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The Signal and the Noise: Why So Many Predictions Fail - But Some Don't
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The Signal and the Noise: Why So Many Predictions Fail - But Some Don't

3.94 of 5 stars 3.94  ·  rating details  ·  20,032 ratings  ·  1,827 reviews
Nate Silver built an innovative system for predicting baseball performance, predicted the 2008 election within a hair’s breadth, and became a national sensation as a blogger—all by the time he was thirty. The New York Times now publishes, where Silver is one of the nation’s most influential political forecasters.

Drawing on his own groundbreaking work, S
Hardcover, 544 pages
Published September 27th 2012 by Penguin (first published 2012)
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Dipu It is worth a read to understand the limitations of predictions - that is areas where predictions can be made successfully and where it does not have…moreIt is worth a read to understand the limitations of predictions - that is areas where predictions can be made successfully and where it does not have much chance of succeeding. (less)
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Michael Austin
Nate Silver has done an incredible (and, quite possibly an unpredictable) thing with _The Signal and the Noise_: He has written an extremely good book when he didn't even have to. Nothing is more common than for someone like Silver--a media phenom with a strong platform (his 538 blog) to phone a book in to cash in on his 15 minutes. I have probably read two dozen books in the past five years that do exactly this. But _The Signal and the Noise_ is a much more substantial book than, say, _The Blac ...more
The Signal and the Noise is a very interesting book with mixed success: 3 1/2 stars, were this permitted. I found it somewhat difficult to review; however, my entire book group – without exception – had similar opinions. I would encourage you to view this as a group opinion.

At its best, TSANTN is interesting, illustrative, educational, and provocative. And many chapters – including banking, the weather, volcanoes, elections, and poker – were exactly that. Four stars, without hesitation. The prob
This is a fantastic book about predictions. I enjoyed every page. The book is filled to the brim with diagrams and charts that help get the points across. The book is divided into two parts. The first part is an examination of all the ways that predictions go wrong. The second part is about how applying Bayes Theorem can make predictions go right.

The book focuses on predictions in a wide variety of topics; economics, the stock market, politics, baseball, basketball, weather, climate, earthquakes
I had read most of this book with a fair degree of equanimity - finding some faults, but also a lot of good information in it. Then I'm jarred out of complacency by a sudden shot from nowhere, in which he says that David Hume, one of the greatest philosophers of the 18th century, is simply too 'daft to understand' probabilistic arguments. Without any introduction to the subject, he claims Hume is stuck in some 'skeptical shell' that prevents him from understanding the simple, elegant solutions o ...more
This is a largely reliable and interesting overview of statistical analysis in a variety of fields. Silver has gained popularity in 2008 and last year for his wizardry in aggregating poll numbers and correctly predicting the results of the election. He takes a few jabs at media pundits who are not interested in polls, but insist on manufacturing a narrative which appeals to pre-conceived notions and biases.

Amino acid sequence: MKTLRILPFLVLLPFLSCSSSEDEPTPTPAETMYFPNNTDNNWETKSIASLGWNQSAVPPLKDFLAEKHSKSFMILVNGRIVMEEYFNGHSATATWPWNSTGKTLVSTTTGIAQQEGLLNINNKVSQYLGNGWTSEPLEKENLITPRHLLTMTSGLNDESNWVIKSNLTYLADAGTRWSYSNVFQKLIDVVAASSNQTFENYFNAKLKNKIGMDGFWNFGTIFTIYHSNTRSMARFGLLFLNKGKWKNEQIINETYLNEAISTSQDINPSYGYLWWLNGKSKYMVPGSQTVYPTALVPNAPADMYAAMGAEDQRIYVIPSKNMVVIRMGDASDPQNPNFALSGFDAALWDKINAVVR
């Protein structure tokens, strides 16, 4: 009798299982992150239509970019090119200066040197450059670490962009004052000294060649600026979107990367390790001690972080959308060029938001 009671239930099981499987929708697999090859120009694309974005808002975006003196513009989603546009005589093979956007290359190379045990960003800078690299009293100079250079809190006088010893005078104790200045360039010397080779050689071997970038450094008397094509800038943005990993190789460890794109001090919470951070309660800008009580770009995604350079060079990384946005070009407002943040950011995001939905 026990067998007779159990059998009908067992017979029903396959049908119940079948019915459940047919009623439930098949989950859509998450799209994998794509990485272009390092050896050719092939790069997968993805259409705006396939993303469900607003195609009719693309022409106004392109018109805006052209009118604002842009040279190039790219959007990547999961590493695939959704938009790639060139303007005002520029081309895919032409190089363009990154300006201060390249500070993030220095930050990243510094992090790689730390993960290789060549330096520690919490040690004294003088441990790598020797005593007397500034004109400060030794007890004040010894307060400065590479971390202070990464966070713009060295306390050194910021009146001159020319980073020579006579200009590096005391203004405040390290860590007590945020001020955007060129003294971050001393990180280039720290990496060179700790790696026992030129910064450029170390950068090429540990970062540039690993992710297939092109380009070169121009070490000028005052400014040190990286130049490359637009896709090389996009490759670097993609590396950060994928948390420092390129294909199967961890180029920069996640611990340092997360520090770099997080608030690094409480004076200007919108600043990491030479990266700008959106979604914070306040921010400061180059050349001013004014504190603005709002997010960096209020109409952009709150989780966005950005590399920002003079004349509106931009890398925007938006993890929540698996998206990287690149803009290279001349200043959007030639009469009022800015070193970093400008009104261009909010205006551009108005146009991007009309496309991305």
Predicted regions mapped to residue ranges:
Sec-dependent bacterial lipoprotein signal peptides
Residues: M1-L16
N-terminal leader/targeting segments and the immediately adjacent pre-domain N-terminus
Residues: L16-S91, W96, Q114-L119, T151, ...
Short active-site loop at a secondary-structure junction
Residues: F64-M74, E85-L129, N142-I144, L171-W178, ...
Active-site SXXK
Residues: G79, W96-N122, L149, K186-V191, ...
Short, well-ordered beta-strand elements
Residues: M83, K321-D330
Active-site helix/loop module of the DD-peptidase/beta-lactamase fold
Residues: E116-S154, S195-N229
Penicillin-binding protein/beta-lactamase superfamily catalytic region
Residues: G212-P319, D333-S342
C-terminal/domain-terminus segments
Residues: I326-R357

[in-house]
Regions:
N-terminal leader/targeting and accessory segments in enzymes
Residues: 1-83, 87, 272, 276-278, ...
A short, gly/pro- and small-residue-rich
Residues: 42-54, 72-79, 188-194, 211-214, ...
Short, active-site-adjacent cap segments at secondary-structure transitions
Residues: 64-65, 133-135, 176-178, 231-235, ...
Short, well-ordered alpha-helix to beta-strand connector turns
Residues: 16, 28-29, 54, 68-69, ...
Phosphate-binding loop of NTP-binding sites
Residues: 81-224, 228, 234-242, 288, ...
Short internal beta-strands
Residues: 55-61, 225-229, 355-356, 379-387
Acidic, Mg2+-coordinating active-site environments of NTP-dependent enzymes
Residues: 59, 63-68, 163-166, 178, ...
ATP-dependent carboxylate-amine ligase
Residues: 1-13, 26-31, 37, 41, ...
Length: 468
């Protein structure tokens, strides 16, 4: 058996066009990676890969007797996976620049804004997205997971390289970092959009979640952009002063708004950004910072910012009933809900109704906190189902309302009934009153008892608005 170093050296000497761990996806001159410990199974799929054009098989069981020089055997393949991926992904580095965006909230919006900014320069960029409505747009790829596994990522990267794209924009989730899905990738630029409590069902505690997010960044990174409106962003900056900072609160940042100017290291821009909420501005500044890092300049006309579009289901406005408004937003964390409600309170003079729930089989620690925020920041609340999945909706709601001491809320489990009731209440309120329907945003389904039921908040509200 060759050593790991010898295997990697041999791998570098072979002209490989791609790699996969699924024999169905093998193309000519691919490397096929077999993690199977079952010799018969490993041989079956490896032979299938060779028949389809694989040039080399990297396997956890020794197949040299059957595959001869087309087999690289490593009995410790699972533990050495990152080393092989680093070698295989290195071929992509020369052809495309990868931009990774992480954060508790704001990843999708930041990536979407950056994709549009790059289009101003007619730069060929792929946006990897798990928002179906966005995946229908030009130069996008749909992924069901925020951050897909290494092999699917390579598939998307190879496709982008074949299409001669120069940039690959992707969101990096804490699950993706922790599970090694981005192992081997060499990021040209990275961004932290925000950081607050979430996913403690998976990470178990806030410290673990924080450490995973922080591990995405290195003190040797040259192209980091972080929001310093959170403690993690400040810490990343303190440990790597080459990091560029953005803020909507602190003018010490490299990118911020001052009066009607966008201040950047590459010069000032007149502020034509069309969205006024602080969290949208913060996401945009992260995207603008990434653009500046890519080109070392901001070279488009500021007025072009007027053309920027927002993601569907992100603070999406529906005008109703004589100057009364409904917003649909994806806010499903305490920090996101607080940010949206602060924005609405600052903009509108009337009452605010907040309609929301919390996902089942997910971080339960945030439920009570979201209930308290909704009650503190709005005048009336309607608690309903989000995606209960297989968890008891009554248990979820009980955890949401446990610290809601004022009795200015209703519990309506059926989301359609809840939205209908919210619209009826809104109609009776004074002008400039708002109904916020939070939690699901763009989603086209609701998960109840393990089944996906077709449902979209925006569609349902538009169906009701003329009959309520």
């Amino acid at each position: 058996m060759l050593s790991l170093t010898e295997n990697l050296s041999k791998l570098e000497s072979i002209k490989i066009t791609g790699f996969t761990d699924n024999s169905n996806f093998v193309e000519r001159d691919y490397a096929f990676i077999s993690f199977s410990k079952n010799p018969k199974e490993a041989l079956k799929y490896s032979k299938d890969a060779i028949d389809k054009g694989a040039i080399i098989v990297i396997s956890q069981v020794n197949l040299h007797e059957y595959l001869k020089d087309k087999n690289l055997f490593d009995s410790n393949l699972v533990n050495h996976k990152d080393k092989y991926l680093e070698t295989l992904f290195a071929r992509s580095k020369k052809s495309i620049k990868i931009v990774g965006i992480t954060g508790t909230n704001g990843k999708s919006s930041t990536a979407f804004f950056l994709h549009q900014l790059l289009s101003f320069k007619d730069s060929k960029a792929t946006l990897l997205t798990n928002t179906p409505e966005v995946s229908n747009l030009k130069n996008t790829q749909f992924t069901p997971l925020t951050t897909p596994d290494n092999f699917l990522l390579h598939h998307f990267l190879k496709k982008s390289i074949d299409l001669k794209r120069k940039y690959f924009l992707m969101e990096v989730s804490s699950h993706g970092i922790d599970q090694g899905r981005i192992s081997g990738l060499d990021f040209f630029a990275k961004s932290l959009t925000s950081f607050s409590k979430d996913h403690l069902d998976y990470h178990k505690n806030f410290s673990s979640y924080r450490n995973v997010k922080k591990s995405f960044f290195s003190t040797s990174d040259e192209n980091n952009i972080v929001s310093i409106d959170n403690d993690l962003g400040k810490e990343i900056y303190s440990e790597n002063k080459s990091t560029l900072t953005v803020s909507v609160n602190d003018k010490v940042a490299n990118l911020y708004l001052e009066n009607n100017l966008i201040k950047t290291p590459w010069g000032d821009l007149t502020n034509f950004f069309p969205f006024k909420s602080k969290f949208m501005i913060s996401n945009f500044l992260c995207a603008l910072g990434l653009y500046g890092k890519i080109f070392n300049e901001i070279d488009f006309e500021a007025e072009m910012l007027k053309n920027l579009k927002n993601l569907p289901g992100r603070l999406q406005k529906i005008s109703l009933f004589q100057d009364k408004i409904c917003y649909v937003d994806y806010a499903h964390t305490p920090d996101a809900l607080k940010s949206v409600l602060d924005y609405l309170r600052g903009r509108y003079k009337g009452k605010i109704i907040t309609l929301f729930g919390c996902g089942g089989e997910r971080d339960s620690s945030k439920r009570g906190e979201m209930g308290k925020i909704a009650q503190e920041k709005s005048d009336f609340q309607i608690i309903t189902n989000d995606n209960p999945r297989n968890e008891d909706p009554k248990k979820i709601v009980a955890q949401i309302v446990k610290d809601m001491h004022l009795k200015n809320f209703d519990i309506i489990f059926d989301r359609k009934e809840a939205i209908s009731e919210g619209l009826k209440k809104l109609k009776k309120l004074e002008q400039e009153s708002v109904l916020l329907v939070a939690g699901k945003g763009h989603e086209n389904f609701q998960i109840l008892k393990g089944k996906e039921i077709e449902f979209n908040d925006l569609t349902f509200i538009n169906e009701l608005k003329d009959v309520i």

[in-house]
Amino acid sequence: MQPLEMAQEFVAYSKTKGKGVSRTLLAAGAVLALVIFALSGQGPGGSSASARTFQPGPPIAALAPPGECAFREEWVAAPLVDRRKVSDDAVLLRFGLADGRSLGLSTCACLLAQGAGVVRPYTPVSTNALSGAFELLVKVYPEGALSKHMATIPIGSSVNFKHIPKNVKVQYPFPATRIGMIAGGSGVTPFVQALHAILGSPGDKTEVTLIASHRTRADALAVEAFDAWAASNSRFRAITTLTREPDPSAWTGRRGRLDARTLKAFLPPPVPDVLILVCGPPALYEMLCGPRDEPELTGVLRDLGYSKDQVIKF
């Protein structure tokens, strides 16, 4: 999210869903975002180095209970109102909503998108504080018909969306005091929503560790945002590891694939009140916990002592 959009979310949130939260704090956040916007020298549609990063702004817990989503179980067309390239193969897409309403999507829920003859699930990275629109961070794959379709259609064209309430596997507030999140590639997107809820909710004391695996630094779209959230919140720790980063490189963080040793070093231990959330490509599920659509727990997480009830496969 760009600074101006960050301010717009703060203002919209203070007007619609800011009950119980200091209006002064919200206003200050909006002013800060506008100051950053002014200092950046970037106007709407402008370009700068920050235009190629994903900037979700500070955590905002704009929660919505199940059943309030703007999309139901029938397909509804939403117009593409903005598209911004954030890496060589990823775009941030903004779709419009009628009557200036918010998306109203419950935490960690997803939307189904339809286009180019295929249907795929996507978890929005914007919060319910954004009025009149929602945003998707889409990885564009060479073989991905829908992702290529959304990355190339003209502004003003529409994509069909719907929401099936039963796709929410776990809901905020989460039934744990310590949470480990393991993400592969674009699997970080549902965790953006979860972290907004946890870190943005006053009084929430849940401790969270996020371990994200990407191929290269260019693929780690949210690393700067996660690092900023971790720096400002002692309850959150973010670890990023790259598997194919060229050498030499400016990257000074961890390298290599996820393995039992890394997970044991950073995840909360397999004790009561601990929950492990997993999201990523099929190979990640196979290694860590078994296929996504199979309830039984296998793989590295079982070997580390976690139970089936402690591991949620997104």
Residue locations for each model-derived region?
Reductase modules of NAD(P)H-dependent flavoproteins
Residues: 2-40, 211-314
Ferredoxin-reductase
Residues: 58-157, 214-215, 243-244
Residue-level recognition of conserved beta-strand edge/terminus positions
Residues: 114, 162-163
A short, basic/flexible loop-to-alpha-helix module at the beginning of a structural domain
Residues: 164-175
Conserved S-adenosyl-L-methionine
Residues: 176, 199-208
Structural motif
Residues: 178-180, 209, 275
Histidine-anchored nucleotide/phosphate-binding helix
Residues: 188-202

Silver's interests are broad and eclectic, ranging from Texas Hold 'Em and the stock marke
This book was a disappointment for me, and I feel that the time I spent reading it has been mostly wasted. I will first, however, describe what I thought is good about the book. Everything in this book is very clear and understandable. As for the content, I think that the idea of Baysean thinking is interesting and sound. The idea is that, whenever making any hypothesis (e.g. a positive mammogram is indicative of breast cancer) into a prediction (for example, that a particular woman with a posit ...more
Feb 13, 2013 Ted rated it 5 of 5 stars
Shelves: math
4 stars.

Nate Silver is probably best known as the statistician/blogger on the New York Times web site http://fivethirtyeight.blogs.nytimes.... on which he has confounded the “experts” by predicting the results of the last two U.S. Presidential elections. Before that he was known to a less wide, but no less fervid, audience as a sabermetrician who, starting in 2003, contributed predicted statistical ranges of performance for major league baseball players to the Baseball Prospectus.

In The Signal
This is a really amazing book - a must read for anyone who makes decisions or judgement calls. Even before I had finished the book it caused me to look at some of the assumptions and bad forecasts I was making as well as recognising "patterns" as noise.

There is nothing "new" in this book, just well established and solid methods applied well and explained very coherently. The writing is excellent, the graphics helpful and the type not too small. There are plenty of footnotes (relevant to the page
Mike Mueller
I followed Nate Silver's blog (FiveThirtyEight) closely during the run-up to election day 2012. His premise was simple: grab every public poll possible, attempt to correct for pollsters' known biases, and produce a forecast based on the result. Somehow no one had thought to do this before. Silver simply crunched the numbers and nailed the outcomes in every state. Meanwhile, pundits, bloggers, and assorted blowhards made predictions based on nothing but gut feeling and partisan hackery, and they ...more
I'm going to do this the Nate Silver (Bayesian) way. Kind of.

Prior Probability
Initial estimate of how likely it is that I will buy Nate Silver a drink: x = 10% (This may seem high, given that he is a stranger who lives in another city, but I did rely on his blog during the past two elections, so I'd at least like to.)
New Event -- I read Nate Silver's book